Top Democrat looking into HHS secretary's use of private jets, including in NHFrom Wire and Staff Reports
September 20. 2017 10:30PM
WASHINGTON — A high-ranking Democrat in the U.S. House of Representatives said on Wednesday he is looking into a report that Health and Human Services Secretary Tom Price used private jets to travel on government business.
Politico reported on Tuesday that Price took private jets on five occasions for official business, which cost tens of thousands of dollars more than commercial flights. Politico documented one chartered trip from Washington to Philadelphia that cost about $25,000.
One of the trips in question involved a visit to the Goodwin Community Health Center in Somersworth, N.H., on Sept. 14.
According to Politico, Price took a private jet from Waterville, Maine, at 11:41 a.m., arriving in Portsmouth about 28 minutes later. He left New Hampshire at 2:34 p.m., arriving back in Washington about an hour later.
Both U.S. senators, Jeanne Shaheen and Maggie Hassan, have called for Price to release additional information about the trips.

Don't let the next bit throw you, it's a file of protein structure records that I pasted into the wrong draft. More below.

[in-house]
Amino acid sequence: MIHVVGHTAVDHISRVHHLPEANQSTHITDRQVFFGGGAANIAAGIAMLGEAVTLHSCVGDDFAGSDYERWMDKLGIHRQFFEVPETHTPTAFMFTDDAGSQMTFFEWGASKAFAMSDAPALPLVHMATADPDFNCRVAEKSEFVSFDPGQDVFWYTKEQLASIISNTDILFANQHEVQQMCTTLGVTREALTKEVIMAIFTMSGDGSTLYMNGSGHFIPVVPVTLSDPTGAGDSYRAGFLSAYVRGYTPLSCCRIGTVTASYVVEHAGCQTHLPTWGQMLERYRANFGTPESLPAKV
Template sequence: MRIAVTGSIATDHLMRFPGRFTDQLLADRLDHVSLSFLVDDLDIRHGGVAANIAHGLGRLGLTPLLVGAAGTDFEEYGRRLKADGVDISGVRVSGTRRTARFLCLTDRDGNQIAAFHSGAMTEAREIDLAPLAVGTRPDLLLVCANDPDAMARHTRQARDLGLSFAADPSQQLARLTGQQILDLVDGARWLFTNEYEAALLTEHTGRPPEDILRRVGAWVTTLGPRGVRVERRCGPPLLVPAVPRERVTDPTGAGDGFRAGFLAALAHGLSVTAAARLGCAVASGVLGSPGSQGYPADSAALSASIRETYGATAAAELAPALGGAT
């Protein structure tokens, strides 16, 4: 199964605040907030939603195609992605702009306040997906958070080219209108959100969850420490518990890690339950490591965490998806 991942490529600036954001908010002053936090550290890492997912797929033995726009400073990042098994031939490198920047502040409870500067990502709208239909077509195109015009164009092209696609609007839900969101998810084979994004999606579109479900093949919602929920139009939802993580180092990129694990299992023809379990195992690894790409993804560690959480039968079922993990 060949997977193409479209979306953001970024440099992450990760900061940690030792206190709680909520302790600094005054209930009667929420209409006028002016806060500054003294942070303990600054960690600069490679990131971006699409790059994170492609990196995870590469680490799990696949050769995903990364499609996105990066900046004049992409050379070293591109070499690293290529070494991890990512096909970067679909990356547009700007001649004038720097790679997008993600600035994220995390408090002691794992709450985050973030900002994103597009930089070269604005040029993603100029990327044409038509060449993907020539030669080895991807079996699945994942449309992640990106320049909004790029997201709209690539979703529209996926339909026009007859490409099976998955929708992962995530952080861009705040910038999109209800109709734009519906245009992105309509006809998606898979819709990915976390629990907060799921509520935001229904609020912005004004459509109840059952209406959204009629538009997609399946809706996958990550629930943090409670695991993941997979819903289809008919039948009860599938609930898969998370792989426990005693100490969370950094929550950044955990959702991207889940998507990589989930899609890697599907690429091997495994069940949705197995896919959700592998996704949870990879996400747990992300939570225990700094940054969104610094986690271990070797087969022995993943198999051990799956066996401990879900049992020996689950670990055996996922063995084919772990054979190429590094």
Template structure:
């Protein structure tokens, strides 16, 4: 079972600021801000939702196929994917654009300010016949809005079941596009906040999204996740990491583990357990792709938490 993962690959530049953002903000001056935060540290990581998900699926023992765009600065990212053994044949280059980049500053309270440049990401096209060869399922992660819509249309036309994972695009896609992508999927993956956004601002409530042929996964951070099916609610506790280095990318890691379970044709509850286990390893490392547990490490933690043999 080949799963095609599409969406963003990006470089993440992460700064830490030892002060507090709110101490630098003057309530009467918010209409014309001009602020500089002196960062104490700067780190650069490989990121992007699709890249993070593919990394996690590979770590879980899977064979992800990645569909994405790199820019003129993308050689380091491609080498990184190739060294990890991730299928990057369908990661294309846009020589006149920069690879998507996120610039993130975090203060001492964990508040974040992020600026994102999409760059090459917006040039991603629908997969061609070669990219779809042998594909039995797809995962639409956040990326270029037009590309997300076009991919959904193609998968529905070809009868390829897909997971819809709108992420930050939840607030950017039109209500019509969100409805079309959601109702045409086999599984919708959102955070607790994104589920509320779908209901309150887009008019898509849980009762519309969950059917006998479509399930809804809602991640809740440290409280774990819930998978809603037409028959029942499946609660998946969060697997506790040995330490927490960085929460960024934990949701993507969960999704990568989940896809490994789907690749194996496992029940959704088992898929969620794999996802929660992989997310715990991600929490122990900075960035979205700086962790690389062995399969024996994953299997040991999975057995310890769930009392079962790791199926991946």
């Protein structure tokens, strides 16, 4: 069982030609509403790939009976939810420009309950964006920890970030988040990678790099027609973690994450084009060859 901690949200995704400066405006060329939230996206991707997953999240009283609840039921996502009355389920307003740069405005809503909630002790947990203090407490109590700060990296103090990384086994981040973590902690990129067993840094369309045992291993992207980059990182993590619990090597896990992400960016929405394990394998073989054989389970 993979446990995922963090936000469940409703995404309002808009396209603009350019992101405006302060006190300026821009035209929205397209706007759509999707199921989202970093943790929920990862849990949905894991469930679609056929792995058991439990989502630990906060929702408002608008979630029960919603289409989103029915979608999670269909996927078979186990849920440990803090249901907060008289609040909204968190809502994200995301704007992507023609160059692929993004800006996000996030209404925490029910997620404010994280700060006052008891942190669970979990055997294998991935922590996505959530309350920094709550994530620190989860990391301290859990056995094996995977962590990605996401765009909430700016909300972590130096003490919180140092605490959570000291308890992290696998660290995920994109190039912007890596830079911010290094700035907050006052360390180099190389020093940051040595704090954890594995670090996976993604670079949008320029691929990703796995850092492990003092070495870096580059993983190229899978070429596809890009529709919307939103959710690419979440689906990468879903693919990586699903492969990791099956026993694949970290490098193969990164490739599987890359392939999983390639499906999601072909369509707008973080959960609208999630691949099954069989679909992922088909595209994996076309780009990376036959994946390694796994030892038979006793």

“I would remind Secretary Price that taxpayer funds are not meant to be used as a jet-setting slush fund,” Representative Frank Pallone Jr., the top-ranking Democrat on the House Energy and Commerce Committee, said in a statement.
“My colleagues and I will be looking into this further and we will be asking the HHS Office of the Inspector General for a full accounting of Secretary Price’s travel,” he said.
In August, U.S. Treasury Secretary Steve Mnuchin and his wife, actress Louise Linton, traveled on a government plane to Kentucky where they viewed the Aug. 21 solar eclipse with Senate Majority Leader Mitch McConnell and others. That trip prompted a federal watchdog this month to review the circumstances surrounding the travel.
Senate Republicans are working to revive an effort to repeal and replace the Affordable Care Act, often called Obamacare, Democratic former President Barack Obama’s top signature domestic policy achievement. The bill, called the Graham-Cassidy proposal, is backed by the Trump administration.
The proposal would redistribute money to the states through block grants and would end Obamacare’s expansion of Medicaid, the government health insurance program for the poor and disabled. It would cut federal funding to states by $215 billion through 2026.
, according to an analysis from Avalere Health, a healthcare consultancy whose clients include hospitals and insurers.